He was born in Budapest, Hungary and came to the United States about two weeks before the Soviet Union rolled tanks into his home town. He had been in the Hungarian Army-Border Patrol and I grew up with guns in the house. They never scared me, just some of the people who own them. He had been a demolition expert and met my mom in Pennsylvania while he worked at blowing things up in various mining operations. Few “Americans” would take that job, but he did it until his English got better. He married my mom and they headed to Chicago along with my older brothers and sisters from my mom’s other ‘lives’.
Though my father was not a religious man, I discovered that he had been brought to the United States through a missionary organization-some Hungarian Reformist movement. I was baptized as a child in a Hungarian Reform church. My God Parents—Mary and Joseph, witnessed this though they were Catholic. (I have no delusions of being Christ or even Christ-like, but I am amused at the Mary and Joseph, thing.) In December 1993, I was baptized as an adult at Moody Church, a non-denominational church in Chicago, IL. I made my profession of faith publicly. Before my father died, after cutting me out of his will and on at least one occasion wrote that I was ‘noisy’ instead of the ‘nosey’ that he meant because I had asked too many or maybe the wrong questions, I had given him a Bible written in his native language Hungarian. I don’t think he read it though he often spent hours reading newspapers. It is my hope that he read that Bible and that it brought him some comfort in his final hours.
But, it still bothers me that such a man—a man who instilled curiosity in me through the love of airports and water towers, would hate me for wanting to know certain things. Somehow, a request for a picture of my Grandmother in a classic babushka makes me smile since her country was the originator of the ‘do rag’ also made him angry that I wanted a copy. This while I simultaneously writhe in agony because I do not remember her name. Suffice it to say, that is not the only question that was asked. But for here and now, let it represent the many things that remain unanswered from my questions.
I do not know if the path was strewn with lies or truth. Or, if the water towers, airports, marching bands and gladiola festivals were just diversions. I do know that I keep asking questions, for better or for worse, when I see planes in the sky or something clever painted on the sides of those water towers. I notice perhaps a little more deeply than I should. May-be I make people uncomfortable because of that. May-be I am uncomfortable around people because of that, too. But, I can’t help but want to peer beneath the surface. It is both a blessing and a curse. As I have grown older, some things that I thought were curses have become blessings. Unfortunately, the reverse is true, as well. Yet, I am still always compelled to ask.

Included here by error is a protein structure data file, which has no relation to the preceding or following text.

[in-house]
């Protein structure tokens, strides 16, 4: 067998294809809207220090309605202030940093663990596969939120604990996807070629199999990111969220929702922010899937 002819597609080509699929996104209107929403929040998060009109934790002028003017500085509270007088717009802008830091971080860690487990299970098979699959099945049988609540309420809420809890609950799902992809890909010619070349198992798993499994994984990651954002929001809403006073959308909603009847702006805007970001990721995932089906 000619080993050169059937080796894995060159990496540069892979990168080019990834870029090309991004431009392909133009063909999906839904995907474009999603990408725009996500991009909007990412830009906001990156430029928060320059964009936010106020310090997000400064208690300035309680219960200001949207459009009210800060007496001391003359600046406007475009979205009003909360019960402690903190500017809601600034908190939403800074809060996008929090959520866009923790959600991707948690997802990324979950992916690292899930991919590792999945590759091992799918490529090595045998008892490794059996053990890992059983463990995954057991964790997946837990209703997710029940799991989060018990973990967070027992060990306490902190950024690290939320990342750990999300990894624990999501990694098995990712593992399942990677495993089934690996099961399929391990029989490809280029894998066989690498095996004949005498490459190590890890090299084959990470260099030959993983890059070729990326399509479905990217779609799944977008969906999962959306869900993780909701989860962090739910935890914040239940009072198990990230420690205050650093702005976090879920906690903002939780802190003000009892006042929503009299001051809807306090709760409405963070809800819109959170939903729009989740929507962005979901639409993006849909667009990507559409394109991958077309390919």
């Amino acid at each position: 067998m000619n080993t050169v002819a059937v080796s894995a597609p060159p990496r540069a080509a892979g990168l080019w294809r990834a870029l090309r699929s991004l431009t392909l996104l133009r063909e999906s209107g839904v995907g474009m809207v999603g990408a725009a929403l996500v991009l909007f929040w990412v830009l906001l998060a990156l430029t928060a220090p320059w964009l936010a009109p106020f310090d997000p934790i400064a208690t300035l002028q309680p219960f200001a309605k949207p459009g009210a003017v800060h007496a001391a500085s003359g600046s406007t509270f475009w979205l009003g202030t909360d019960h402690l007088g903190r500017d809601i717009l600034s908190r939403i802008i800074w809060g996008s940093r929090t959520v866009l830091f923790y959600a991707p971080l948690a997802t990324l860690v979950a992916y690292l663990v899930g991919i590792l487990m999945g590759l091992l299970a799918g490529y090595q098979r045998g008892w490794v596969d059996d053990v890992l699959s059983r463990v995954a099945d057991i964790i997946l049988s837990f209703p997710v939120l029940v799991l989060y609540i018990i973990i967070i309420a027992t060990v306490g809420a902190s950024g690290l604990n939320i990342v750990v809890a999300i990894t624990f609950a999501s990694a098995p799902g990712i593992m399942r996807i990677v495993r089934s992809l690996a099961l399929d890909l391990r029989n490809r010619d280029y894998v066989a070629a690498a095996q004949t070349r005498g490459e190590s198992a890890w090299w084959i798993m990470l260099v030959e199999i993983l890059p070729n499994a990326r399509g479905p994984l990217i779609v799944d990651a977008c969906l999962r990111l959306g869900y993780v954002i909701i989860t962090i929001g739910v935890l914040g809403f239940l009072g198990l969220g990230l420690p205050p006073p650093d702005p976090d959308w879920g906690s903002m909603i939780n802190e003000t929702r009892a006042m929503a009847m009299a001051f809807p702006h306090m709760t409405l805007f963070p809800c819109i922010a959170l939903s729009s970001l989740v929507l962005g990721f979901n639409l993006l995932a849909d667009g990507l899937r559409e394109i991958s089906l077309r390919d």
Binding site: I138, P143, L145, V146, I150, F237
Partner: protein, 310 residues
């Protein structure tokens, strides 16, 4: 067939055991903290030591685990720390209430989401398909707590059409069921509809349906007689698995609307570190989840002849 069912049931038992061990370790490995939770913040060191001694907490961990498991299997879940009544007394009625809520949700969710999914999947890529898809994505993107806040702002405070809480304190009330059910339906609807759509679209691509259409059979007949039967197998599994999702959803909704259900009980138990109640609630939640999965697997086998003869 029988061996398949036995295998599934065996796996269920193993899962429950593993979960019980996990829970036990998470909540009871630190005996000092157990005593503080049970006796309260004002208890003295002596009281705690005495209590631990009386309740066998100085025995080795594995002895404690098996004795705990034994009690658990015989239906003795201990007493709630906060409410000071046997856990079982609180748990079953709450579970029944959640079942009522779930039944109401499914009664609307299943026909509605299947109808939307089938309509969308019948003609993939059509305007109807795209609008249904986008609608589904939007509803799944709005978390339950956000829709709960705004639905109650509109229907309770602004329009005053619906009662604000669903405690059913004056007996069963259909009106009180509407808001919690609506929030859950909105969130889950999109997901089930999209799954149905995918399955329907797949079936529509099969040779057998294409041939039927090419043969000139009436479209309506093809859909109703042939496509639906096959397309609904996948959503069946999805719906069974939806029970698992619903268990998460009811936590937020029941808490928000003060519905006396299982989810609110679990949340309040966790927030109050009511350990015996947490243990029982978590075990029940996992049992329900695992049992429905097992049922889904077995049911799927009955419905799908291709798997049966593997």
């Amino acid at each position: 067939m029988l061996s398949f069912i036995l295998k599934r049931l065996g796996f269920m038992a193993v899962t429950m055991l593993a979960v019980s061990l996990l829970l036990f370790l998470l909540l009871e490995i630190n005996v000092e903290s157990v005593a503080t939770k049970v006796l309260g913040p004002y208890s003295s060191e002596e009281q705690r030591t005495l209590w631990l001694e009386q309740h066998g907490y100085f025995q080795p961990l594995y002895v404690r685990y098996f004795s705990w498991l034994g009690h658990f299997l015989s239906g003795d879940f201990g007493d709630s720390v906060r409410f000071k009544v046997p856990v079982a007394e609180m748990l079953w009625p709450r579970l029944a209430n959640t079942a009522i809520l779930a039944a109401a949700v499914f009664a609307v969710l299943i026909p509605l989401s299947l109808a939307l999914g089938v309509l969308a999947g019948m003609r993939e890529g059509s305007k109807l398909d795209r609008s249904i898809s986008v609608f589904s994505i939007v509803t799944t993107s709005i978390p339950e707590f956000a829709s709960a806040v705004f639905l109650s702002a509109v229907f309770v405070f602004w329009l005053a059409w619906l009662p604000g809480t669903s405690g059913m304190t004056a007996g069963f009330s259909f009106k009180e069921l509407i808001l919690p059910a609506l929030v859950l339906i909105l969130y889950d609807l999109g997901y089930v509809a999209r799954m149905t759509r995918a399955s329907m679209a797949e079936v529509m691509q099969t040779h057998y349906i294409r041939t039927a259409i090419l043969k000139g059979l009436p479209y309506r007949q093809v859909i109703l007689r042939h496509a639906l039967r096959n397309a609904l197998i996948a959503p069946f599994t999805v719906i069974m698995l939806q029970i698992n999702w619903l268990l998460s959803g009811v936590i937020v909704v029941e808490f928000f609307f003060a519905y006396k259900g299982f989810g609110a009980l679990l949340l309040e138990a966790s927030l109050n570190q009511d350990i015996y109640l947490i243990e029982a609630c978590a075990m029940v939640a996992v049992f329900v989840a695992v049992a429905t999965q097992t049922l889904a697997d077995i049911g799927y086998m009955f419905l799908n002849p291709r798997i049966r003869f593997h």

In all this, I have enjoyed the things that stand out to me in plain sight, that may be missed by others. Like the “Bow Tie” bridge in Jacksonville, FL. It is really called the Dame Point Bridge and originally the Napolean Dynamite Bridge but I like to call it the Bow Tie because of the tuxedo-like bow tie structures that support the weight of the bridge. Word has it that it was called the Dame Point Bridge because the ‘Dames’ would wait on the bridge for their husbands to come back from sea as their ships crossed under it headed back to the Jacksonville Port. I also like the painted rose on the water tower in a suburb of Chicago, IL near O’Hare Airport, too. I don’t know if it is still there but for some reason, I hope it is.
Sometimes, I believe that because I am inclined to be ‘noisy’ and dive into a deeper level of understanding, that I must also bear the thorn in my side that brought me there for the extent of knowledge that it brings. It is the Sword of Damocles—in this case if I say what I must, I will have a sword driven through my head. Alternatively, if I do NOT say what I must, the same sword will be driven through my heart. How do you choose? I guess that is why I had to ask the questions that made my father hate me so much that he literally disowned me. But, the questions were necessary to ask…even if I know that they will never be answered. Whether they be diversions…or reality. But the journey has taught me to keep asking.
It is funny the things that we remember and the things that shape us. This love of airports, planes, water towers and such comes at a great price. But I cannot say that it was not worth it.